Ghost and Horror Stories of Ambrose Bierce
Selected and introduced by E.F. Bleiler
Exactly as the title states, this is a collection of short stories dealing with supernatural horror by Bierce. Although sometimes compared with his contemporaries, Poe and Blackwood, his stories are told in a no-nonsense way for the average man rather than poetically told or stemming from a larger ideology. His tales often spring from the guilt in the minds of his characters, people who often had a hand in wrong-doing. Most would recognize these as traditional ghost stories, perhaps common ideas in this day and age, but most likely unnerving when they were first published in the late 1800’s.
In ‘Beyond the Wall’, a son of a well-to-do family, often chased by women trying to climb the social ladder, mistakes rapping on the wall as a flirtatious message from the young lady in the next room. In the morning he discovers she had died in the room that night and her knocking was actually a call for help. Now, many years later, he confesses his dismissal of her communiqué’ as he also reveals that the knocking has resumed. The clever ending of ‘The Middle Toe on the Right Foot’ foreshadows ‘Twilight Zone’ style endings and the last sentence reveal of many a horror tale to come. ‘A Watcher by the Dead’ displays the intellect of Bierce in a complex story that needs to be unraveled to its end in order to understand what had transpired. These, along with ‘The Spook House’, ’The Moonlit Road’ and ‘The Damned Thing’ are my favorites in the collection.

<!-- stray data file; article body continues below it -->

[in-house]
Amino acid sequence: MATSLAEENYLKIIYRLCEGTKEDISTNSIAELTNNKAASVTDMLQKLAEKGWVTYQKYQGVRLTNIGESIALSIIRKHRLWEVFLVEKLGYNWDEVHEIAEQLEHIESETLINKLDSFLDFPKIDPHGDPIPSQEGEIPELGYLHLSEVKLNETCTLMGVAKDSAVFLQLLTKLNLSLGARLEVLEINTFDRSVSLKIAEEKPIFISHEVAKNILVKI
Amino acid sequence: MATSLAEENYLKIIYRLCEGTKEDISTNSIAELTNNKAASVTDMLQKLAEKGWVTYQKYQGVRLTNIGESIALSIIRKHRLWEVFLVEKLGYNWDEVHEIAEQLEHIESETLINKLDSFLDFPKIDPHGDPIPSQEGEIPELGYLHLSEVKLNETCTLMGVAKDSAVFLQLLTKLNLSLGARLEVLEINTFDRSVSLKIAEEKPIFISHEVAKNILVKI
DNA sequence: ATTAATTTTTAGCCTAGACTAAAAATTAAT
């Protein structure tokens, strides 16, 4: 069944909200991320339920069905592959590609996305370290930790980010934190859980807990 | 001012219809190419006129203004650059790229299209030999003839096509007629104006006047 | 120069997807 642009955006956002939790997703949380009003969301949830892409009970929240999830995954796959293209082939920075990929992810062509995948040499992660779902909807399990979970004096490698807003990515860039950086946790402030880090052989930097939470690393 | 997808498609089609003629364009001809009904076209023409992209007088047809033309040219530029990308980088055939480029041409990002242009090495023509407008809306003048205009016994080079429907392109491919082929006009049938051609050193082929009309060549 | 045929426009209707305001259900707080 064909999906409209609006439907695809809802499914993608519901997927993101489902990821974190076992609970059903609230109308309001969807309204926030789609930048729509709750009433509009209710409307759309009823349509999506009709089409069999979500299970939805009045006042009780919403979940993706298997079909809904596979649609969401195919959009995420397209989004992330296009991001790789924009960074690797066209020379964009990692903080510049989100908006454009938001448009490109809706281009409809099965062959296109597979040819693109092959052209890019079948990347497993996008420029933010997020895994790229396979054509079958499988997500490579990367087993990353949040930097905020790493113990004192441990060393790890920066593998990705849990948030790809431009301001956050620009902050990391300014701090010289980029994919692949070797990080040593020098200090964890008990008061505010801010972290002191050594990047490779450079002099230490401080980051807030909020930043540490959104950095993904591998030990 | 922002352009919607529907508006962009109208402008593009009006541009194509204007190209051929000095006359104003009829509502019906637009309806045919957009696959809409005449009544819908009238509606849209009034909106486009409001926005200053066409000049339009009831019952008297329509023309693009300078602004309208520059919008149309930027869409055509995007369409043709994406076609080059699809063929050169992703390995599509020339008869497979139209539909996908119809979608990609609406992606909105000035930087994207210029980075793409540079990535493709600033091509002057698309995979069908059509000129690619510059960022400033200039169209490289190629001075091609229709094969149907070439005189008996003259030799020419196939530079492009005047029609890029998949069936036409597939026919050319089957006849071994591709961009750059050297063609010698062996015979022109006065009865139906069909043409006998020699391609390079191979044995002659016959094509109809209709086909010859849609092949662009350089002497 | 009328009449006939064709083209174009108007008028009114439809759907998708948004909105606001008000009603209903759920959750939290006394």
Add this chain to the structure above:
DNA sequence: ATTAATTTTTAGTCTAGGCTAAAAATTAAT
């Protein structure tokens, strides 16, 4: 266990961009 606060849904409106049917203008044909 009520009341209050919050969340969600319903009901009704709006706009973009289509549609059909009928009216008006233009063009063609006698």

Some stories, only a few pages long read like classic ‘campfire’ ghost stories, great for telling on a Halloween night. Whether long or short, all of Bierce’s stories are told from his cynical point of view, where no one is free of blame either directly or indirectly. Bierce is also famous for his Civil War accounts for which he served in the Ninth Indiana Volunteers and became a successful field officer. In addition he was an active journalist on the West Coast effectively exposing political scams, favoritism, and wrong-doings in his newspaper columns. If you like classic ghost stories, there are some great tales to be read in this collection.
I am a fan of “Occurrence at Owl Creek” but I did not know he also wrote “The Damned Thing.” Now I want to watch that episode of Masters of Horror.
oh yeah, i forgot about that episode. I have to check if that is Ambrose Bierce.